This is for a critical piece of infrastructure and needs to be resiliant.
You can call a network with a single redundant link "resilient". The network architecture needs to reflect the degree of resilience that is required. Most often, a maximum downtime period or a minimum availability per year is defined.
I'm very concerned about the design and the fact the supplier has purposely implemented a single VLAN onn a campus that is quite large (2/3 km2),
That design is bad. Building Ethernet rings such a large L2 segment/broadcast domain must be avoided.
and is fully dependent on RSTP for redundancy.
That isn't the problem. RSTP/MSTP can provide a good degree of redundancy with very fast failover when used correctly.
However, a large number of redundant links increase the chance that some link isn't configured correctly and causes a broadcast loop, bringing down the network.
Added to this is during site testing there was discrepencies in convergence
RSTP is designed for a maximum of seven bridges in depth. Exceeding that requires changing the Maximum age parameter, so the tree has a chance to converge.
While the diagram shows a physical radius of only six, uneven data rates might shift the blocking point so that the radius exceeds seven. As a rule of thumb, never decrease link speed towards the center of a network, only towards the edge.
and the supplier then started pointing to the fact there was slower copper 100Mbs connections between some switches
Inbuilt bottlenecks make everything worse. 100 Mbit/s doesn't hurt RSTP though, the diameter/distance does. However, mixing different speeds in a ring shifts the STP-blocked port towards the lower-speed link, so the STP maximum depth can be exceeded more easily.
and started changing port priorities and port costs.
Patchwork, possibly working around the uneven link speed problem.
However having revisited the design in more detail I have seen that they have also change timers from the defaults on devices that are not the root bridge.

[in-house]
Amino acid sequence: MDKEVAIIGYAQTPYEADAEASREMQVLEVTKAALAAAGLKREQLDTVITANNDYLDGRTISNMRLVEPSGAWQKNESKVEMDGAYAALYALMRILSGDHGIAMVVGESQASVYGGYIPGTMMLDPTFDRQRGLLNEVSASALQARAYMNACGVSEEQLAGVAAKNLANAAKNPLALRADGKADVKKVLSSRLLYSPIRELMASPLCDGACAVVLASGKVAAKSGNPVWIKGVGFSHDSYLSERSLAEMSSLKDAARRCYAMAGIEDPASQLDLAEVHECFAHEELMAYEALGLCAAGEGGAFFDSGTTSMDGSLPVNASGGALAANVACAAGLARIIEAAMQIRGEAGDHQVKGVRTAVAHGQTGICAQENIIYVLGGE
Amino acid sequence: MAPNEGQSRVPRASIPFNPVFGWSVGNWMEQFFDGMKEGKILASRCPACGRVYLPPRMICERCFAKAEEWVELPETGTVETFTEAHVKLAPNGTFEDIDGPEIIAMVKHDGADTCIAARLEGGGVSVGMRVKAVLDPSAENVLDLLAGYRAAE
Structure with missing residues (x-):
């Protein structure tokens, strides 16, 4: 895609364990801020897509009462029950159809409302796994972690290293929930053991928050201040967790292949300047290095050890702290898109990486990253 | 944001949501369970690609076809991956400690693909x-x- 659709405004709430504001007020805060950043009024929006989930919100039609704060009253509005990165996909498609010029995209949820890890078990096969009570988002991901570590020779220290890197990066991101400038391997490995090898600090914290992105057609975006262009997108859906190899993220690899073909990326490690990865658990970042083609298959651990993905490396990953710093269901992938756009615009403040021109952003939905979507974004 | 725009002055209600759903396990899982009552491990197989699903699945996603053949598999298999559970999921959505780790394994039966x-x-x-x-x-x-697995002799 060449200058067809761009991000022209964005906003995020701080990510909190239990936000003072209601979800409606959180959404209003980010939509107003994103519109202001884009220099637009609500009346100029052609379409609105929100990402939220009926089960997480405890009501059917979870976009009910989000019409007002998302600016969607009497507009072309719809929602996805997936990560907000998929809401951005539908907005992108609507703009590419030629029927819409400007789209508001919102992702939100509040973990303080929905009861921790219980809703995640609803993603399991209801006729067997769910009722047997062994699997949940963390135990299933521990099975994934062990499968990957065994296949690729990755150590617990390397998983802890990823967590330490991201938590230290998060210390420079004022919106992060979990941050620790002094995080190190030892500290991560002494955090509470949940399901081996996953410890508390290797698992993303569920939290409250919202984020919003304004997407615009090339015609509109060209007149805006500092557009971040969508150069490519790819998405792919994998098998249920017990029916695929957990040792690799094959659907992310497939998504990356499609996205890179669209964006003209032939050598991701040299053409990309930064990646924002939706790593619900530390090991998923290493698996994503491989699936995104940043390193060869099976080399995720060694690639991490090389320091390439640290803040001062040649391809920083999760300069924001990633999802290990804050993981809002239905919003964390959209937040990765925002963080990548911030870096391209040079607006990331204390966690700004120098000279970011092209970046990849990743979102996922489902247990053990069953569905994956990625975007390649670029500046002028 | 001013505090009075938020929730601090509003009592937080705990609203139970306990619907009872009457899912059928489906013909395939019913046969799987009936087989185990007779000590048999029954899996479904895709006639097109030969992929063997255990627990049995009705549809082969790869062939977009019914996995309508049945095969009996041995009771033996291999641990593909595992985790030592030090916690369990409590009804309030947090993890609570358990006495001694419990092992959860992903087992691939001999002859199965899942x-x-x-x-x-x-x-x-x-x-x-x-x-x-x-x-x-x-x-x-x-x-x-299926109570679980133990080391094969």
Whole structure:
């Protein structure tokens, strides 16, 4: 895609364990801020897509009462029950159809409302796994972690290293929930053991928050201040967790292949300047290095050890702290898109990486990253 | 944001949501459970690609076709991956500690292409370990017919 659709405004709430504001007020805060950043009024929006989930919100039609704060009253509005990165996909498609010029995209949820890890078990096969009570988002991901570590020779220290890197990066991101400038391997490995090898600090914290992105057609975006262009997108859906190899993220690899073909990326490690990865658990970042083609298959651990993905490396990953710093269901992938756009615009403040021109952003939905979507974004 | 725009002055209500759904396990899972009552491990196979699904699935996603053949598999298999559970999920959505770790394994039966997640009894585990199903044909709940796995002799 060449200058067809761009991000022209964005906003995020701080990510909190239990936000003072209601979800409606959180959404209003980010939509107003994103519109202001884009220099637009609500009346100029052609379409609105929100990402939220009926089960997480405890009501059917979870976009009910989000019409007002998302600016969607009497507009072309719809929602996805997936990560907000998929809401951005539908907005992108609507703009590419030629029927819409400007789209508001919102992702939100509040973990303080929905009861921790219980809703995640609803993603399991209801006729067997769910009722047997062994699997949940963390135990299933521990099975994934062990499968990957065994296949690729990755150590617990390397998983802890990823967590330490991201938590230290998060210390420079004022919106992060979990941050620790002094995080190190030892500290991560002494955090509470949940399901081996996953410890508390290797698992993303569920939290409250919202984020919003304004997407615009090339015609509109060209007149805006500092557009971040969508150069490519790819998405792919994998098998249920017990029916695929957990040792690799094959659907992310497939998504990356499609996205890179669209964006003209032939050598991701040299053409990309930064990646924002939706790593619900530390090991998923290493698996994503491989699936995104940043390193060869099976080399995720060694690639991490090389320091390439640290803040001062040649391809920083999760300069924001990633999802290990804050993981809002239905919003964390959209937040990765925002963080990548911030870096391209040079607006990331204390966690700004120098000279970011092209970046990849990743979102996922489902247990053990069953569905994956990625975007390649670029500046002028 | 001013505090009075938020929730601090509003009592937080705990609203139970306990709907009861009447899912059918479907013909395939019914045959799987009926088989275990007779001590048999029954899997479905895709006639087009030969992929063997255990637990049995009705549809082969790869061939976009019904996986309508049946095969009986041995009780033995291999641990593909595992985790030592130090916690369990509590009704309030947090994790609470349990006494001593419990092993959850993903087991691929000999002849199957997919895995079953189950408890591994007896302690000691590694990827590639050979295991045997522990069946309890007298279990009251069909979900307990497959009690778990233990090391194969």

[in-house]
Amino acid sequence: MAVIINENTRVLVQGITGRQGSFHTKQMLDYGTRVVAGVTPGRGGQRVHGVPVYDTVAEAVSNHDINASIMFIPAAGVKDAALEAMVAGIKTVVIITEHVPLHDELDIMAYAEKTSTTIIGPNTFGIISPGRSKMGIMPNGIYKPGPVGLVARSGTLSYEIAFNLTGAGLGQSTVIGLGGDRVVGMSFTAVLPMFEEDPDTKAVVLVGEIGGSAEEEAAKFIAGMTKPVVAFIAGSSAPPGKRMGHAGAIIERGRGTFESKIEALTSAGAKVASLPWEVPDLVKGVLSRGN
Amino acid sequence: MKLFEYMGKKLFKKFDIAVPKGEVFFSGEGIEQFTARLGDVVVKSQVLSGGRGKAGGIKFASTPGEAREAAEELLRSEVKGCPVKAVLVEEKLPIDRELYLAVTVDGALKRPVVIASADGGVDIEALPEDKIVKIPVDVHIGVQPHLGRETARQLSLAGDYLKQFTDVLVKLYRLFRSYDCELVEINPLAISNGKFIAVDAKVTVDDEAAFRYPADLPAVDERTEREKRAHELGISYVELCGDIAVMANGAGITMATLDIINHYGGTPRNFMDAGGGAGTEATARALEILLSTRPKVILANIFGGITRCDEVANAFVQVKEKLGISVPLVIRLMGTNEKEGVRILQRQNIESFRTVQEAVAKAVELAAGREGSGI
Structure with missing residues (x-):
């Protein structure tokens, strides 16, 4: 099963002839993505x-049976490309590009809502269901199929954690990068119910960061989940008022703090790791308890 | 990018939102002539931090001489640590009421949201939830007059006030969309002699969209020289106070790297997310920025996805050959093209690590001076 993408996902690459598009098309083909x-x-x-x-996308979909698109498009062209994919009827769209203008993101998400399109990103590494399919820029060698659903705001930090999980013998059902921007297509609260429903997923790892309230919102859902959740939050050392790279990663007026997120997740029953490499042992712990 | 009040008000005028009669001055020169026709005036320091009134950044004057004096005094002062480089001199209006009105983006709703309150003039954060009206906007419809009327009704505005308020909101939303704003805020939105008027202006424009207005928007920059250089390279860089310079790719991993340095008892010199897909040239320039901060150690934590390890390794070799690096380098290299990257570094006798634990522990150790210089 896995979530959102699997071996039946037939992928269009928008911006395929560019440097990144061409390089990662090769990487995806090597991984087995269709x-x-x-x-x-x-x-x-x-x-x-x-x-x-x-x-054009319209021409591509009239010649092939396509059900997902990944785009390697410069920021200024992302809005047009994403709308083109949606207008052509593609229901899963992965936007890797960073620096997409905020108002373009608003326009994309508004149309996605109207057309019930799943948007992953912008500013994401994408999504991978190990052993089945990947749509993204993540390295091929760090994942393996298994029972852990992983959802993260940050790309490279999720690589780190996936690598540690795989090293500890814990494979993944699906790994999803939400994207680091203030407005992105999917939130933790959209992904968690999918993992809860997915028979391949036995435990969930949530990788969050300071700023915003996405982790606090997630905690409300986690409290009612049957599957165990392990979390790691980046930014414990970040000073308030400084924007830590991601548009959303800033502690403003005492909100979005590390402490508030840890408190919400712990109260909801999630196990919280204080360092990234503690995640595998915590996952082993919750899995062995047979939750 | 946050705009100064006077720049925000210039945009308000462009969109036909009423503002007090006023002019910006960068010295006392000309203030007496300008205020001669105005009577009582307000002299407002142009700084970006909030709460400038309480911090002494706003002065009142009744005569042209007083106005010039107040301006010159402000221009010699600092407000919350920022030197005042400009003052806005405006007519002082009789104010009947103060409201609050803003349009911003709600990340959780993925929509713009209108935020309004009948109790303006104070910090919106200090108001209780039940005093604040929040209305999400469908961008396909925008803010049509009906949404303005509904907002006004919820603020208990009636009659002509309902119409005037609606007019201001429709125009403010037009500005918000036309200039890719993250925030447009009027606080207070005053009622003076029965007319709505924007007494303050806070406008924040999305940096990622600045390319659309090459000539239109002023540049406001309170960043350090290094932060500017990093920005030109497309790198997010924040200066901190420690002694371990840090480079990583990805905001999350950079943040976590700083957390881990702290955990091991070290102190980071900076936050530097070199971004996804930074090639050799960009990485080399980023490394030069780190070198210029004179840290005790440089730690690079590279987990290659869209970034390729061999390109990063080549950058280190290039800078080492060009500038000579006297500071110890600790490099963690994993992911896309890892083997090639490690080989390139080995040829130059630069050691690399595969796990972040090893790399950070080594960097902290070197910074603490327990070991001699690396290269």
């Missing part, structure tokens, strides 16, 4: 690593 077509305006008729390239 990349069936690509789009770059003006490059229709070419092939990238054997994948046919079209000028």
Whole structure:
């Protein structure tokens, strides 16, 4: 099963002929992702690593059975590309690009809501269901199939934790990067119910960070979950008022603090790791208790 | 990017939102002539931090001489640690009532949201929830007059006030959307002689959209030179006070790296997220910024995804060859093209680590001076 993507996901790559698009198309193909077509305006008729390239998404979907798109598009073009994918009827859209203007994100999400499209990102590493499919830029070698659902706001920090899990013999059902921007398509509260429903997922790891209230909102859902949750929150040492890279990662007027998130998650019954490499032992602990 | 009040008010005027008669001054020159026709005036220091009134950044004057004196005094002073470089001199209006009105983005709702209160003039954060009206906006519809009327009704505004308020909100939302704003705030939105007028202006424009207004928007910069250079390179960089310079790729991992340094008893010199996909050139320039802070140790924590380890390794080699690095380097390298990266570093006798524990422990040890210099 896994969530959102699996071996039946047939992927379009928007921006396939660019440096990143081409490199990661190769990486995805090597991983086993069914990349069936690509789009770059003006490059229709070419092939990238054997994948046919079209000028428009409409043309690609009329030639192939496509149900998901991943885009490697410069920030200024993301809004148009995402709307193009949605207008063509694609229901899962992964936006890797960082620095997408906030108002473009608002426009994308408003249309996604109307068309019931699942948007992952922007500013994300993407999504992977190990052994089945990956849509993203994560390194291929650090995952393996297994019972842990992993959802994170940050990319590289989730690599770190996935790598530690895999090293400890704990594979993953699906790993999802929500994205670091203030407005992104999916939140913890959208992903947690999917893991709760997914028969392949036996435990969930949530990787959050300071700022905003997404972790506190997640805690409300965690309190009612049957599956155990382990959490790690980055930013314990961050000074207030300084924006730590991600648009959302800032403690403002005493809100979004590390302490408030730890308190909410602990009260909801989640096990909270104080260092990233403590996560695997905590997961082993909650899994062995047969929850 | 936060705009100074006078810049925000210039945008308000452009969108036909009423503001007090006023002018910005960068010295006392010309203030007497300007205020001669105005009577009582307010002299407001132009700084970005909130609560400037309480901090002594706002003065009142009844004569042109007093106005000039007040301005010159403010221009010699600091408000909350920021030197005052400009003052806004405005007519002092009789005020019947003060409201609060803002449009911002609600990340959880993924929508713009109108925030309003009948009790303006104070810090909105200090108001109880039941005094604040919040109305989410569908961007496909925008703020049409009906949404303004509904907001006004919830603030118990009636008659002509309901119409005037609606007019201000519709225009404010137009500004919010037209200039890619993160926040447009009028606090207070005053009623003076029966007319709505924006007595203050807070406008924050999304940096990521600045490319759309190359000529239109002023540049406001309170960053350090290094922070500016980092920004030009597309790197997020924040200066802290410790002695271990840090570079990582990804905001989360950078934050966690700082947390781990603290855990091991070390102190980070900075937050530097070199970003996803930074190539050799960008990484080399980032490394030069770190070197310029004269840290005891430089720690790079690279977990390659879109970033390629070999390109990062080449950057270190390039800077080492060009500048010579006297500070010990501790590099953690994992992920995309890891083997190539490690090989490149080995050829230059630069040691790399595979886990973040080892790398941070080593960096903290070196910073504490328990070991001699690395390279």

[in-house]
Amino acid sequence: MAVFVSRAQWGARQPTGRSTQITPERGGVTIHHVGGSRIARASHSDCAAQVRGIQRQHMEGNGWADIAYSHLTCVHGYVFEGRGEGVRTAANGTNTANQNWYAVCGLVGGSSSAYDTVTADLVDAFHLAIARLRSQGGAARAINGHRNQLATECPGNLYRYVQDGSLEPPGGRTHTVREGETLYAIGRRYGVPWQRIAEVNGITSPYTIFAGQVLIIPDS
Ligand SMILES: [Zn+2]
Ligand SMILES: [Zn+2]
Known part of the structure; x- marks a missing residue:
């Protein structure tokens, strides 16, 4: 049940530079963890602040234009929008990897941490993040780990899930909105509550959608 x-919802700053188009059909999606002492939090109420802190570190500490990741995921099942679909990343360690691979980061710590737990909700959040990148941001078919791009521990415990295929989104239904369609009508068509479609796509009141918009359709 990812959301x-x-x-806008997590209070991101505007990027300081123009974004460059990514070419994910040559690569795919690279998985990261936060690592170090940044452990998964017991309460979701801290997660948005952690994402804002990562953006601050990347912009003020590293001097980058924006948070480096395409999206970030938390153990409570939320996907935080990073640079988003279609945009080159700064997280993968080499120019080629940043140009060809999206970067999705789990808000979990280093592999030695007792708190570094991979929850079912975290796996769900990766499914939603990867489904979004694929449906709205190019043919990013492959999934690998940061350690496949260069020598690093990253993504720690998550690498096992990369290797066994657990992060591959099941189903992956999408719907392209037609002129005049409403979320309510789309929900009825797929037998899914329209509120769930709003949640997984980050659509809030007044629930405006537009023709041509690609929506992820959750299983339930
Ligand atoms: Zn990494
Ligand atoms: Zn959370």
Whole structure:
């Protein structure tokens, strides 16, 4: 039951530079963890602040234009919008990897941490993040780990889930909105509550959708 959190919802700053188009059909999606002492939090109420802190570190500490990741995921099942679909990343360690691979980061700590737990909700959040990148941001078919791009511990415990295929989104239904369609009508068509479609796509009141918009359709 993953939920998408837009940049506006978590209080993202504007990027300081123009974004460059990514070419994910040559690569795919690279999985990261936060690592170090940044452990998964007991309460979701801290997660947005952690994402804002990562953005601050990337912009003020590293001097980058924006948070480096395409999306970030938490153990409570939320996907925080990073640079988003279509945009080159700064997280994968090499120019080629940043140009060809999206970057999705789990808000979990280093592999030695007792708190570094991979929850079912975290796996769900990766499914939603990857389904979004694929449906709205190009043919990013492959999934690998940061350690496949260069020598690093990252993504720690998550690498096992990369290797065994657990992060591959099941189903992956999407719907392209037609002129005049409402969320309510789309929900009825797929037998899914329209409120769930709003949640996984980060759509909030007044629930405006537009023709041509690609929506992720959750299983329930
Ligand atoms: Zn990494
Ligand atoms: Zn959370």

Yes. You likely need to tune max age. However, you should seriously consider rebuilding the network (see below).
As the diagram shows, there are a total of 24 switches present on the same subnet and participating in the same RSTP.
The number isn't necessarily a problem, the depth is (maximum distance between any two switches).
Is this a good design?
Definitely not. Building rings with Ethernet is a bad idea in general.
The 100M links look entirely useless. With a single L2 and STP, they'd just get blocked, even if aggregated.
Can/Should RSTP timers be changed from defaults and if so should it be done on non-root bridges
Yes, on all bridges, see above. Before doing that, you'll need to calculate what really is required.
What is the Max diameter of this topology and what diameter is advisible to use?
Best case, it's 12 (6-5-4-3-1-23-2-13-14-15-16-17), worst case it's 19.
So, you should consider a few changes:
- split up the one large VLAN into several ones, routed at the core (the 1920s support L3 switching)
- connect each field switch individually to each of the core switches - if that isn't possible, at least arrange the switches in a hierarchy (=physical tree), with distribution layer redundancy
- as a cheaper version of 2., interconnect the field switches in pairs, each of them connected to one of the cores